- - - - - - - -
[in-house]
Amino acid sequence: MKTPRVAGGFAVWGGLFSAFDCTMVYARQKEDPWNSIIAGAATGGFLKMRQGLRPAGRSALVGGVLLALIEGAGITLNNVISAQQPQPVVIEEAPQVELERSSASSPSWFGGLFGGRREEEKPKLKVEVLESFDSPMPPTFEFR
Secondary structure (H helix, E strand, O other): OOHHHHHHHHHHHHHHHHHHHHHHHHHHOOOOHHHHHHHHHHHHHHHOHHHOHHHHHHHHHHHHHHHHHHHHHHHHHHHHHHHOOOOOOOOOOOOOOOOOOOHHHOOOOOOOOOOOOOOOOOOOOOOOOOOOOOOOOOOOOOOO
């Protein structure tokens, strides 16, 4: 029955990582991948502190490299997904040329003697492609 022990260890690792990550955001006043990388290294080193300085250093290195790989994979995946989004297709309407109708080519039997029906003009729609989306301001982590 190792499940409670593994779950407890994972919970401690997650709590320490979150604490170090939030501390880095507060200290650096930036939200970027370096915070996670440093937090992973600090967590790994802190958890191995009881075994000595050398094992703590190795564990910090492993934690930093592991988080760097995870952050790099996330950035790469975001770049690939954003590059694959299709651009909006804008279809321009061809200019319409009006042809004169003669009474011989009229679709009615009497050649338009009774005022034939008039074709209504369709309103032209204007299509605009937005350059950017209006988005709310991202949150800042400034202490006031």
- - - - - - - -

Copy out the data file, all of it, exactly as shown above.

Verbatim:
[in-house]
Amino acid sequence: MKTPRVAGGFAVWGGLFSAFDCTMVYARQKEDPWNSIIAGAATGGFLKMRQGLRPAGRSALVGGVLLALIEGAGITLNNVISAQQPQPVVIEEAPQVELERSSASSPSWFGGLFGGRREEEKPKLKVEVLESFDSPMPPTFEFR
Secondary structure (H helix, E strand, O other): OOHHHHHHHHHHHHHHHHHHHHHHHHHHOOOOHHHHHHHHHHHHHHHOHHHOHHHHHHHHHHHHHHHHHHHHHHHHHHHHHHHOOOOOOOOOOOOOOOOOOOHHHOOOOOOOOOOOOOOOOOOOOOOOOOOOOOOOOOOOOOOO
């Protein structure tokens, strides 16, 4: 029955990582991948502190490299997904040329003697492609 022990260890690792990550955001006043990388290294080193300085250093290195790989994979995946989004297709309407109708080519039997029906003009729609989306301001982590 190792499940409670593994779950407890994972919970401690997650709590320490979150604490170090939030501390880095507060200290650096930036939200970027370096915070996670440093937090992973600090967590790994802190958890191995009881075994000595050398094992703590190795564990910090492993934690930093592991988080760097995870952050790099996330950035790469975001770049690939954003590059694959299709651009909006804008279809321009061809200019319409009006042809004169003669009474011989009229679709009615009497050649338009009774005022034939008039074709209504369709309103032209204007299509605009937005350059950017209006988005709310991202949150800042400034202490006031």